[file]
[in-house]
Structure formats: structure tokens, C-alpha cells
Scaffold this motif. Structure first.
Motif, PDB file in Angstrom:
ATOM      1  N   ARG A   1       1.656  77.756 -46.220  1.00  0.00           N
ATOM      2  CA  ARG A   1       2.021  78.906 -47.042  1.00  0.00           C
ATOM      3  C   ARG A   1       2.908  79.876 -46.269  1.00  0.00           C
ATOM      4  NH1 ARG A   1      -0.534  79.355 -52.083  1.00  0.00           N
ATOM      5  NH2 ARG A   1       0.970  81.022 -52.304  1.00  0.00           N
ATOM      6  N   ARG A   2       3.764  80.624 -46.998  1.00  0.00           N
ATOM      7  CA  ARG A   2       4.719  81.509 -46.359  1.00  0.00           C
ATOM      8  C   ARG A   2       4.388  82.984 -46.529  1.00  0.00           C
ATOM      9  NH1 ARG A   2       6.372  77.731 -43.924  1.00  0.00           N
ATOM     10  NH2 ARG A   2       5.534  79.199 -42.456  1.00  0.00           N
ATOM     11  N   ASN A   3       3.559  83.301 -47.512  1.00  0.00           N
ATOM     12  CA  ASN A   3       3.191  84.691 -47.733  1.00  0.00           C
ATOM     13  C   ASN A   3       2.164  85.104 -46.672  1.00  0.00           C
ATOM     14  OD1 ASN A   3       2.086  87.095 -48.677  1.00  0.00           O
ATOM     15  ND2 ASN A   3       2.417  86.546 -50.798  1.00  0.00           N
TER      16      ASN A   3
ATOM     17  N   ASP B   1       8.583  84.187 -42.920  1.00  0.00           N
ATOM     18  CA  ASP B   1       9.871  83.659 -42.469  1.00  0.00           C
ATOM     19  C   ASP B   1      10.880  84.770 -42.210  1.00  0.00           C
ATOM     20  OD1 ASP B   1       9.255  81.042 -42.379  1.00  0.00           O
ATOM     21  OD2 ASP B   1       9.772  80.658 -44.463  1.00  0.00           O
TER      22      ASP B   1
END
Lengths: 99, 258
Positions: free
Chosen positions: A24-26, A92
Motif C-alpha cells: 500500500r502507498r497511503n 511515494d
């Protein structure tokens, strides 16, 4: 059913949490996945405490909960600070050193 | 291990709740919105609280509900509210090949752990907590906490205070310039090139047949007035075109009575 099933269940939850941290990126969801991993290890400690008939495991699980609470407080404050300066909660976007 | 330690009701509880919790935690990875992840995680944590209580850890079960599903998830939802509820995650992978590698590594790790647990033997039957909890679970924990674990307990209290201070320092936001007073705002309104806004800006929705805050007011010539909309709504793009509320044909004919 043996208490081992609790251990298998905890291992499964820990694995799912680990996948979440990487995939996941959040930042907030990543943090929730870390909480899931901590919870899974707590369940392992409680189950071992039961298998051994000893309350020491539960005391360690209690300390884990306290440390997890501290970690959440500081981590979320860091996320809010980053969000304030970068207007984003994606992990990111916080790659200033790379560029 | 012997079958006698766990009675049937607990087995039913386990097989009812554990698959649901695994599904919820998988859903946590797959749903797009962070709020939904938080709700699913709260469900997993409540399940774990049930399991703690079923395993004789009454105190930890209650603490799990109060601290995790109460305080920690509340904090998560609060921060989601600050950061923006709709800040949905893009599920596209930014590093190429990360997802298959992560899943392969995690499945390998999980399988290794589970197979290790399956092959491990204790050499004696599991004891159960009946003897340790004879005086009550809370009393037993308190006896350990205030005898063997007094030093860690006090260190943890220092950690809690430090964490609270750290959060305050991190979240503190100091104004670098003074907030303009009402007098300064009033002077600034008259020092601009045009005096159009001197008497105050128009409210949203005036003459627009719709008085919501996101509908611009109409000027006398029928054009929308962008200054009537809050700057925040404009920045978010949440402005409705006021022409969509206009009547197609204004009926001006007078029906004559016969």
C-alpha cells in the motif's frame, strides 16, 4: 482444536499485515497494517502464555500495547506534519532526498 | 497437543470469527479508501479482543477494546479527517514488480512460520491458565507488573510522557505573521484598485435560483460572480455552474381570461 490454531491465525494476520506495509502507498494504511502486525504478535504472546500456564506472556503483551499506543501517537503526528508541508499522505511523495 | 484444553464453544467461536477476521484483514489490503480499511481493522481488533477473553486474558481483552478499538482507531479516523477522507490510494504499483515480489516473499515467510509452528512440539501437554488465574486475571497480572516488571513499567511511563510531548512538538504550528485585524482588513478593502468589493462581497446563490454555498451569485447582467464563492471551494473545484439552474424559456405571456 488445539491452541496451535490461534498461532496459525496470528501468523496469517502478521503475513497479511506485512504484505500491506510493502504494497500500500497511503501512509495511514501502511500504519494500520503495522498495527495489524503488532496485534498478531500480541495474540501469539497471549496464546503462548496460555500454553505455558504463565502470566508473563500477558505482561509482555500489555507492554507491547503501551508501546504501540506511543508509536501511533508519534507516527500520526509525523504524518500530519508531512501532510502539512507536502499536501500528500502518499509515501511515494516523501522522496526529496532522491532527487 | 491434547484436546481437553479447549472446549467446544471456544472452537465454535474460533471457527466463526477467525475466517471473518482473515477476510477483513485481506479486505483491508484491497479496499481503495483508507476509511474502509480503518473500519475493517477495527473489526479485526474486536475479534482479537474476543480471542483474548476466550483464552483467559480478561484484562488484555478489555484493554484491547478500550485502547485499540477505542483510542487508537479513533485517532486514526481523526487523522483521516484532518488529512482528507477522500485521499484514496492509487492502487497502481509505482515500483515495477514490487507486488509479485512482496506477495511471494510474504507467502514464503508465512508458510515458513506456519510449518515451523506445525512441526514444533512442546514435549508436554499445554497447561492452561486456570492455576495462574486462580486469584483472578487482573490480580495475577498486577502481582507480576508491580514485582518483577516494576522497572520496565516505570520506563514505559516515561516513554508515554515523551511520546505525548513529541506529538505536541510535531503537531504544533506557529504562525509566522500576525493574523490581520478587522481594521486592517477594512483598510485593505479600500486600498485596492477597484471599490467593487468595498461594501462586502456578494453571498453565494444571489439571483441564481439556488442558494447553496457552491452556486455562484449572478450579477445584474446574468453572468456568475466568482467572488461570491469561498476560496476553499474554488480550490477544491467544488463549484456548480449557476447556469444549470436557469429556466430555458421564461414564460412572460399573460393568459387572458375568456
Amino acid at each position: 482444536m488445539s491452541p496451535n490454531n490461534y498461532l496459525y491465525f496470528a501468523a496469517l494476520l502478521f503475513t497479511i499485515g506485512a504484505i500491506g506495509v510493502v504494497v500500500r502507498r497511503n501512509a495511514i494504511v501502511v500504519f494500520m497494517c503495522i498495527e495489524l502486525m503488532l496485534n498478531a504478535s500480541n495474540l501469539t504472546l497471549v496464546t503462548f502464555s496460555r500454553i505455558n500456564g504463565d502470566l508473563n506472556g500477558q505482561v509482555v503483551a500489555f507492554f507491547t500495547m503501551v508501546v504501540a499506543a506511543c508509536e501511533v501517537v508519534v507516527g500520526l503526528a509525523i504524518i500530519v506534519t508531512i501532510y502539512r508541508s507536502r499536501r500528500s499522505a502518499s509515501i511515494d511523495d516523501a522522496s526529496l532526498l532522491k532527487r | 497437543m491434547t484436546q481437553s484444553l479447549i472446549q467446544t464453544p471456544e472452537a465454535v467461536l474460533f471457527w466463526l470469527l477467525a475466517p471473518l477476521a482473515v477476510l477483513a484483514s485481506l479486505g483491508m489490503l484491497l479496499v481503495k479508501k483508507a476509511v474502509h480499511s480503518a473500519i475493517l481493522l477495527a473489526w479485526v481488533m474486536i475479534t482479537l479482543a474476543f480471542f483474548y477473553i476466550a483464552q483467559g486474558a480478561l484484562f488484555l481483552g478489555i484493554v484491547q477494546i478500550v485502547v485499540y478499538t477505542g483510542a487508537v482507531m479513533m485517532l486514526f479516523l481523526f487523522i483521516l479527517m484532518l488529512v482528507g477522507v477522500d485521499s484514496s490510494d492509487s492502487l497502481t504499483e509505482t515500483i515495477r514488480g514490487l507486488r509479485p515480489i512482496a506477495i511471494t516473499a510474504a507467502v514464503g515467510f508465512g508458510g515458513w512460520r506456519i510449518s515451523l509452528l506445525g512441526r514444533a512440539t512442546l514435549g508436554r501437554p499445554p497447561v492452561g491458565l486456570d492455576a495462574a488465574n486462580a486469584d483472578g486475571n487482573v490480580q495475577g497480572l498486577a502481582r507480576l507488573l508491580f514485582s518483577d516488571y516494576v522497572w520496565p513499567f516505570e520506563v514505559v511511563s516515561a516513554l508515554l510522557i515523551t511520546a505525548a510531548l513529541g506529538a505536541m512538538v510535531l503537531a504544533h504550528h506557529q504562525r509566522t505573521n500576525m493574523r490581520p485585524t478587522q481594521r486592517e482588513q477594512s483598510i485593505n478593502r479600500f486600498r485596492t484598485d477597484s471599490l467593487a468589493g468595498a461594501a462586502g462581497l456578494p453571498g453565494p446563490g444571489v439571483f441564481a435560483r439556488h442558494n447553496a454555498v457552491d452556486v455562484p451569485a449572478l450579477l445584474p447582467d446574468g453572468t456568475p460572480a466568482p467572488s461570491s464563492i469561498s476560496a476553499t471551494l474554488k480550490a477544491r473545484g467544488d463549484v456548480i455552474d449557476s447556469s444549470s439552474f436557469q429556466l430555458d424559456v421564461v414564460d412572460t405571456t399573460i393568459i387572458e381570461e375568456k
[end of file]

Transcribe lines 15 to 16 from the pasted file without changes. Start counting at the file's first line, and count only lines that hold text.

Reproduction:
ATOM     11  N   ASN A   3       3.559  83.301 -47.512  1.00  0.00           N
ATOM     12  CA  ASN A   3       3.191  84.691 -47.733  1.00  0.00           C